At Rachel Keeling we recognise our position as a very experienced and dynamic team who employ some forward thinking methods to teach young children. As a result we are often asked to share our knowledge and expertise with professionals not just in the UK but around the world.
Sadly Covid has limited travel and prevented us from hosting visitors on site but we have continued to share the way we work and impact the learning community at home and abroad. We have been busy writing articles, speaking at conferences and engaging in research.
At the moment we are involved in a project with Nursery World Magazine in producing an detailed A-Z guide of wonderful provision and experiences.
You will find the full and most up to date articles on the tab above >Outreach and >Articles, Research and Conferences.
Please do read and enjoy.
At Rachel Keeling we are lucky enough to have a wonderful garden with many natural features. Around the edge of our sand pit we have a fallen oak tree which acts as a barrier to stop the sand sliding out and looks in keeping with our outdoor space.
Last week something happened and we learnt so much more about the flora and fauna in our garden.
A child was climbing in to the sand pit and part of the oak tree (which is decomposing) gave way under her foot. What we found underneath was quite a surprise!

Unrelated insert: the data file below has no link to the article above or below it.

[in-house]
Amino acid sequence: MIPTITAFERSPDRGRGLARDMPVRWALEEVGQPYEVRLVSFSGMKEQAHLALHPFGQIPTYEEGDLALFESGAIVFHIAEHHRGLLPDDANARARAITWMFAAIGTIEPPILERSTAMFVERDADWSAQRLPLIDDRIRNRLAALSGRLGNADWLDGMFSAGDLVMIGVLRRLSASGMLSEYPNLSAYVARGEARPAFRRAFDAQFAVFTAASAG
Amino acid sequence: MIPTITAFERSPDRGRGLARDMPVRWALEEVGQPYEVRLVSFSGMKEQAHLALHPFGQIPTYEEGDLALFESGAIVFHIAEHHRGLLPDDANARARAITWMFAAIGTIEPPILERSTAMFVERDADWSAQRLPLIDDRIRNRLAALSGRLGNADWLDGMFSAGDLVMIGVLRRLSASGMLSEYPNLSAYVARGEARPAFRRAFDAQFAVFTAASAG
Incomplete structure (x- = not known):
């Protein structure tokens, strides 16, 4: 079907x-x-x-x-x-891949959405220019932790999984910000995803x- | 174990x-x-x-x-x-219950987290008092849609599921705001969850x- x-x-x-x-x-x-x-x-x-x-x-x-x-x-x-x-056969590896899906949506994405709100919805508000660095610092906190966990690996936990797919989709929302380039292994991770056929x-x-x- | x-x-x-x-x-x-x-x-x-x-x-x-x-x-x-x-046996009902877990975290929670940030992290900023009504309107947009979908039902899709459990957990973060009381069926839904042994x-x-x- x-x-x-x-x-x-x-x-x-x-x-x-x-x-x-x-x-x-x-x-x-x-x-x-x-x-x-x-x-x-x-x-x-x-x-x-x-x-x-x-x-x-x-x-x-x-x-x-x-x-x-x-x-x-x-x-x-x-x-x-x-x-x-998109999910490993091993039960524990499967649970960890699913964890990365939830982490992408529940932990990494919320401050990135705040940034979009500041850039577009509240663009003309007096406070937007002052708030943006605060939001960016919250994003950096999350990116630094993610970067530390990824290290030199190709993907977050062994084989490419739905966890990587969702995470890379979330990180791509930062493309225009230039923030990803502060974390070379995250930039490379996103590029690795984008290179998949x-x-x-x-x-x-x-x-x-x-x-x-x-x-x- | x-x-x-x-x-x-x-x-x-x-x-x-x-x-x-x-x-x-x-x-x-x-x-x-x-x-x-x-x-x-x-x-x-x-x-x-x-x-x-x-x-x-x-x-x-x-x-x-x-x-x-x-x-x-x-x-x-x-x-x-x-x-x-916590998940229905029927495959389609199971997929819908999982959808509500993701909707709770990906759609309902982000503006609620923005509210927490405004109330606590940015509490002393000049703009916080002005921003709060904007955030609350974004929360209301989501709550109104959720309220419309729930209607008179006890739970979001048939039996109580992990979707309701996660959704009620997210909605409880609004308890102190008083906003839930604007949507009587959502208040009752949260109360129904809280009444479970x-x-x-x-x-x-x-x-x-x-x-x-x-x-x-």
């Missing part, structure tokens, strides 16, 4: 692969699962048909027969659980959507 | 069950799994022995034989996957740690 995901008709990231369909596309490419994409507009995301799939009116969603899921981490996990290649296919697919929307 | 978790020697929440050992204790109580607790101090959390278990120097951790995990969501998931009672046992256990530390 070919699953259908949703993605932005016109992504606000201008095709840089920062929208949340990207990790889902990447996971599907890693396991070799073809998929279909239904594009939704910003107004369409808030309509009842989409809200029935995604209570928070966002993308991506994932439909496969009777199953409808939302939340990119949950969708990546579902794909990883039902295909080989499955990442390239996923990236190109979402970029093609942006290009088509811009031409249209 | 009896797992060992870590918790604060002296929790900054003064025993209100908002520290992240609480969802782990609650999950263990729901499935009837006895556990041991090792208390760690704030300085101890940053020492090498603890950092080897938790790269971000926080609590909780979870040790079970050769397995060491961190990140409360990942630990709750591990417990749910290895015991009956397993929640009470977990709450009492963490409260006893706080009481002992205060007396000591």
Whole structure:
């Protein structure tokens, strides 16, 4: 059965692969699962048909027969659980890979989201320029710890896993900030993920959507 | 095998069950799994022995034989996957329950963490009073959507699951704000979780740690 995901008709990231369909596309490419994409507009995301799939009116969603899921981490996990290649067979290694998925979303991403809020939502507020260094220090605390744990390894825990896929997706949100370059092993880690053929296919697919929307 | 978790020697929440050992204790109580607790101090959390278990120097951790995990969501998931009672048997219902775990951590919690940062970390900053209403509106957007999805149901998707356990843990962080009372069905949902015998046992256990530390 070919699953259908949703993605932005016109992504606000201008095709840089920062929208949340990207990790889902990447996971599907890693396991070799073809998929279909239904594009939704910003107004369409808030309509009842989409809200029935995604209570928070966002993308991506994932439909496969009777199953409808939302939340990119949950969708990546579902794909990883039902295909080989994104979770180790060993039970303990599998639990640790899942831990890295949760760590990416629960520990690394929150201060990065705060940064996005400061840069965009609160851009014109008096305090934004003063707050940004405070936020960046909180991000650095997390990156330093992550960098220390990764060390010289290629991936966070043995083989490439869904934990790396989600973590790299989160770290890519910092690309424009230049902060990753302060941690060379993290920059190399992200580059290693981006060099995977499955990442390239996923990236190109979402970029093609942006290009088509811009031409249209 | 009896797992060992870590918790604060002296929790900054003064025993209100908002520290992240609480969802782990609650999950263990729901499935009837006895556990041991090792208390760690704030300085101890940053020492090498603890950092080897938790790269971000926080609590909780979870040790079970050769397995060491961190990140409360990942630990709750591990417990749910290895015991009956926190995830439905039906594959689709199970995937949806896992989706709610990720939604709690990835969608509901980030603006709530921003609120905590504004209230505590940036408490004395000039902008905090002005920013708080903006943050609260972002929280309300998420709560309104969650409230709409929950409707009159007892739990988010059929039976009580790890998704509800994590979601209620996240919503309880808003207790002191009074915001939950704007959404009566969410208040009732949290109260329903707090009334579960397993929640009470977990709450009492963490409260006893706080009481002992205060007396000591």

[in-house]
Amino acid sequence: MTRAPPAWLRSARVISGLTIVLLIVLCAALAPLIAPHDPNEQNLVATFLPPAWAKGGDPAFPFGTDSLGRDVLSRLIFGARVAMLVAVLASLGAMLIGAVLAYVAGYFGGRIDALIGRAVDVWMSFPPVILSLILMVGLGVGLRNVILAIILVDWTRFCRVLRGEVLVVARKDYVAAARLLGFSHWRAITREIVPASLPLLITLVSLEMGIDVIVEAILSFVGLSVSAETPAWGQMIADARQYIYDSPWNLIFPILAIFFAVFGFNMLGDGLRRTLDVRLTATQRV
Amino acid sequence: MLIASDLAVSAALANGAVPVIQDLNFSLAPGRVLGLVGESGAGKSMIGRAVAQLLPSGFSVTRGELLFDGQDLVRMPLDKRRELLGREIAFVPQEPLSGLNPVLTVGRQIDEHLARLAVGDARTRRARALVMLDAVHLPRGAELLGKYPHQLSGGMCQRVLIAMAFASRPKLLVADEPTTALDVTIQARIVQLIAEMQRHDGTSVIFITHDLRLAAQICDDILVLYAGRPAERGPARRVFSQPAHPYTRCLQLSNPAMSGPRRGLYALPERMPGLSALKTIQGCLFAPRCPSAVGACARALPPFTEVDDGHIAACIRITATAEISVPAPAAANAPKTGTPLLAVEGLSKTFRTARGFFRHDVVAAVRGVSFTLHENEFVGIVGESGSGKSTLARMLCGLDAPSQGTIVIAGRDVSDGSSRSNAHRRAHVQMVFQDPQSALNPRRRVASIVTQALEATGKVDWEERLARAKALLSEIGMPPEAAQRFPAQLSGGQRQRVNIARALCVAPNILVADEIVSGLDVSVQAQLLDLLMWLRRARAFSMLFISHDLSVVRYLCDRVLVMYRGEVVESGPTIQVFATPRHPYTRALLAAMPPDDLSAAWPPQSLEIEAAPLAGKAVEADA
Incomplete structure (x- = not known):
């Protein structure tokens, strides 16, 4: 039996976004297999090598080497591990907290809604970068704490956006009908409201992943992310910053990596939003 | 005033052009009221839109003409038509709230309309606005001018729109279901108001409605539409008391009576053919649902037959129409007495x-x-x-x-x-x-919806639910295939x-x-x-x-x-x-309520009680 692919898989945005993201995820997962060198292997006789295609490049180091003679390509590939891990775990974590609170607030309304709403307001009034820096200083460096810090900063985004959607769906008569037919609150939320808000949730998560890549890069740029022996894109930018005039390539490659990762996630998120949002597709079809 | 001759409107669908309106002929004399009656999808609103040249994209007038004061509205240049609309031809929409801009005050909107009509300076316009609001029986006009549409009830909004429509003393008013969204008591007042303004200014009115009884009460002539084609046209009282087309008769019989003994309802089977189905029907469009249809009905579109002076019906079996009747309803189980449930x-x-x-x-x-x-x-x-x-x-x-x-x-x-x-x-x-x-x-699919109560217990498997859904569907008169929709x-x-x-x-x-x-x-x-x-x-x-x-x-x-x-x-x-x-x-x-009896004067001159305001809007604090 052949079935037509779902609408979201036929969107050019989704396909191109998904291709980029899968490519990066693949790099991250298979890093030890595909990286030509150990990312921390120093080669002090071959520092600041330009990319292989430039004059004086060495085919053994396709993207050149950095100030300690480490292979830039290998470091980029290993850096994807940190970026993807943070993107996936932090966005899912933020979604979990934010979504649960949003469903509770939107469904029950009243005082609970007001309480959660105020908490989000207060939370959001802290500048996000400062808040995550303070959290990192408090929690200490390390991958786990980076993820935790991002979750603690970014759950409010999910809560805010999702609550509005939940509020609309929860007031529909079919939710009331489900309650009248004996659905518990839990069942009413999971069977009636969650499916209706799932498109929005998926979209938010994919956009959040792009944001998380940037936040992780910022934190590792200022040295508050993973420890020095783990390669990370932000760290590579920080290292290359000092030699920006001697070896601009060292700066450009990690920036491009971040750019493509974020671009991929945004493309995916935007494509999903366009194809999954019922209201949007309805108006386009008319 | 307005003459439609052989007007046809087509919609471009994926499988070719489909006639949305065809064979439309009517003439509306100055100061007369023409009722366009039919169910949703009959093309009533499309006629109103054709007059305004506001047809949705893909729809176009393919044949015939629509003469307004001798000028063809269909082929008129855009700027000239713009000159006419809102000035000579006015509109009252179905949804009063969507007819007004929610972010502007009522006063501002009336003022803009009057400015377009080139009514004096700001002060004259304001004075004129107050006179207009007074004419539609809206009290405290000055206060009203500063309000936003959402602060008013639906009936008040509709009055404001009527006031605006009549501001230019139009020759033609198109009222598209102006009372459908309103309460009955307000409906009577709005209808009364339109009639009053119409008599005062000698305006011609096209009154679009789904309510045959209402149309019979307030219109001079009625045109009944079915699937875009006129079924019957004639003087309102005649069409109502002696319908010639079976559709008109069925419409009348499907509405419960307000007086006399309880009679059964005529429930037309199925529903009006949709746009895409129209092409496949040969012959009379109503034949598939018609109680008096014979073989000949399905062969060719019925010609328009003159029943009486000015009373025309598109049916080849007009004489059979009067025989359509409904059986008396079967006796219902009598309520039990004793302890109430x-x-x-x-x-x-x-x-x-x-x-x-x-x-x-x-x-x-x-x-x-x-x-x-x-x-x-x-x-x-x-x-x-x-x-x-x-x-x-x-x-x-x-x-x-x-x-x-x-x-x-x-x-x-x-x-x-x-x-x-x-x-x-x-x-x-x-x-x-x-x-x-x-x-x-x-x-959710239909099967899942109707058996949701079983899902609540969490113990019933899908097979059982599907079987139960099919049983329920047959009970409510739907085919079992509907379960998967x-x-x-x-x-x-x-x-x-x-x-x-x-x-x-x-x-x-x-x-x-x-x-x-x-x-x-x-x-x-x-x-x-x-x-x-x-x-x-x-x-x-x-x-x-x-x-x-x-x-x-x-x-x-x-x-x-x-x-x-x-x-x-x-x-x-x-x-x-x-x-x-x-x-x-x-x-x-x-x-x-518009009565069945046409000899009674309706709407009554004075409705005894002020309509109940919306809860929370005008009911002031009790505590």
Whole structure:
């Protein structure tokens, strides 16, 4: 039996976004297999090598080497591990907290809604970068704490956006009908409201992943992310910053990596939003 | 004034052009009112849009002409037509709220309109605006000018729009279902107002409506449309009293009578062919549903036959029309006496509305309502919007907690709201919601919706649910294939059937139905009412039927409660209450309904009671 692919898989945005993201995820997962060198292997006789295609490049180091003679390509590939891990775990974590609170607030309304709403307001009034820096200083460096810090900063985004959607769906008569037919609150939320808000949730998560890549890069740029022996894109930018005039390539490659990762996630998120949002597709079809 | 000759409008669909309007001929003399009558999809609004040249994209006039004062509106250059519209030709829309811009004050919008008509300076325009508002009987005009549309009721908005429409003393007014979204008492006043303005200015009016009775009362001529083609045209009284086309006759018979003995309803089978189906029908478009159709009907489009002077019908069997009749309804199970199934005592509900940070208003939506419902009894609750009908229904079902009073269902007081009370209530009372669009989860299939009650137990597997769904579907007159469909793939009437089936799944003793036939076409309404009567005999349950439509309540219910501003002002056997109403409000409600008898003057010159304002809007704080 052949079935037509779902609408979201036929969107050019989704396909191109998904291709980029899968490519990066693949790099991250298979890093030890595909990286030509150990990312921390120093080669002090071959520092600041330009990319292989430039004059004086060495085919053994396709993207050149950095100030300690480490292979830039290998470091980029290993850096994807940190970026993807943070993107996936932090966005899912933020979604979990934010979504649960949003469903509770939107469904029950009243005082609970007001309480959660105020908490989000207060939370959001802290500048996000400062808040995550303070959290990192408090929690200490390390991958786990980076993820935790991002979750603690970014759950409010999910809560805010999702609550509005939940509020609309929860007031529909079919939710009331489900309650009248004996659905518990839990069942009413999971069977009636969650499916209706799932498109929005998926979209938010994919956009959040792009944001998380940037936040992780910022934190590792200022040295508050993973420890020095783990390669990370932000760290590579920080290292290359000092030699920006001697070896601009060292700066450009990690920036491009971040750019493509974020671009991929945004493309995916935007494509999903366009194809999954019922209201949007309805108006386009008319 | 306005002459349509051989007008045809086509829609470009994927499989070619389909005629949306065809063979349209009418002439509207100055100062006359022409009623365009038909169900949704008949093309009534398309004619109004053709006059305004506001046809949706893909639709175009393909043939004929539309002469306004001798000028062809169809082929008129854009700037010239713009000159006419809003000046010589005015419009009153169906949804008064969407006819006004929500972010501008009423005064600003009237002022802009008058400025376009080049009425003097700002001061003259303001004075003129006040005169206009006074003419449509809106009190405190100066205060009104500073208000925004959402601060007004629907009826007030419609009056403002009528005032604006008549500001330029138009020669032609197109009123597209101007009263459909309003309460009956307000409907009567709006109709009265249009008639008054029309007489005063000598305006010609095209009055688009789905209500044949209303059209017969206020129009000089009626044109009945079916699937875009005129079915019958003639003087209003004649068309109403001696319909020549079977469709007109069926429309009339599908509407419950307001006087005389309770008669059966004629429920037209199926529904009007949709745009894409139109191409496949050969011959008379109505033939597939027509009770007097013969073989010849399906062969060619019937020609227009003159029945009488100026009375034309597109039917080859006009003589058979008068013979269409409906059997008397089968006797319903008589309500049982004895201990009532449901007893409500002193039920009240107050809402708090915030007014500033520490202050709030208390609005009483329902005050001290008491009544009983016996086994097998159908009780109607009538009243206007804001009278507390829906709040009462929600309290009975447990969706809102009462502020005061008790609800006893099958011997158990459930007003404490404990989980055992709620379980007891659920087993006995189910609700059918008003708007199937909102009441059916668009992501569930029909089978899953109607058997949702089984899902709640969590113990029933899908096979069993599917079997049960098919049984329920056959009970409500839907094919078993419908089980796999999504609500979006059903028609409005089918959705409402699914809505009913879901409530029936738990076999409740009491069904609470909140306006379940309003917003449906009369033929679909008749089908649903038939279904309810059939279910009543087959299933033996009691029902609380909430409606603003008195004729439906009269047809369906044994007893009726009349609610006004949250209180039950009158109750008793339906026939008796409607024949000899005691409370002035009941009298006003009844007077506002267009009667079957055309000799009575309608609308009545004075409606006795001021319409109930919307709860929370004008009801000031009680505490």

Much of the underside of the oak had crumbled and inside was a magical home to at least one stag beetle and multiple larvae (there was also a frog in there!)
Luckily our green-fingered teacher Urszula was on hand to advise and guide us.
Stag Beetles are endangered species - that means they are at risk of dying out altogether.
Normally you should not move larvae or beetles but they were in danger from predators (cats, foxes, birds and children's feet) so we needed to move them to safety.
The children helped Urszula to gather as much of the rotting wood and create a log pile nearby in a quieter area.
The larvae and beetle were moved to their new home. It was quite exciting.
Did you know?
Stag Beetles can fly.
They can live up to 7 years but need suitable places to survive,
The larvae can live for 3-4 years under ground.
They like to live in dead wood so please don't move logs and leaves.
Please visit People's Trust for Endangered Species at
This September, more than any in living memory, the team are so excited to be back at school and starting our new routines.
Our first group of new children have made a great start: they are secure, separating from their families and beginning to build relationships with their teachers and friends in school.
They are positively bursting with enthusiasm to explore, communicate and engage!
These children were due to start in April but couldn't because of risk minimization.
Maybe it's because they are a few months older than the usual starting points.
Maybe it's because they have lived through unprecedented times.
Maybe, like so many, they appreciate the freedom running in our garden, laughing with friends and cycling down the hill almost without a care in the world.
Families have approached the new school term with a positive attitude, love and gratitude.
At Rachel Keeling Nursery School we appreciate that greatly.
We will try to remember this term as it gets busier and times may be challenging to be grateful.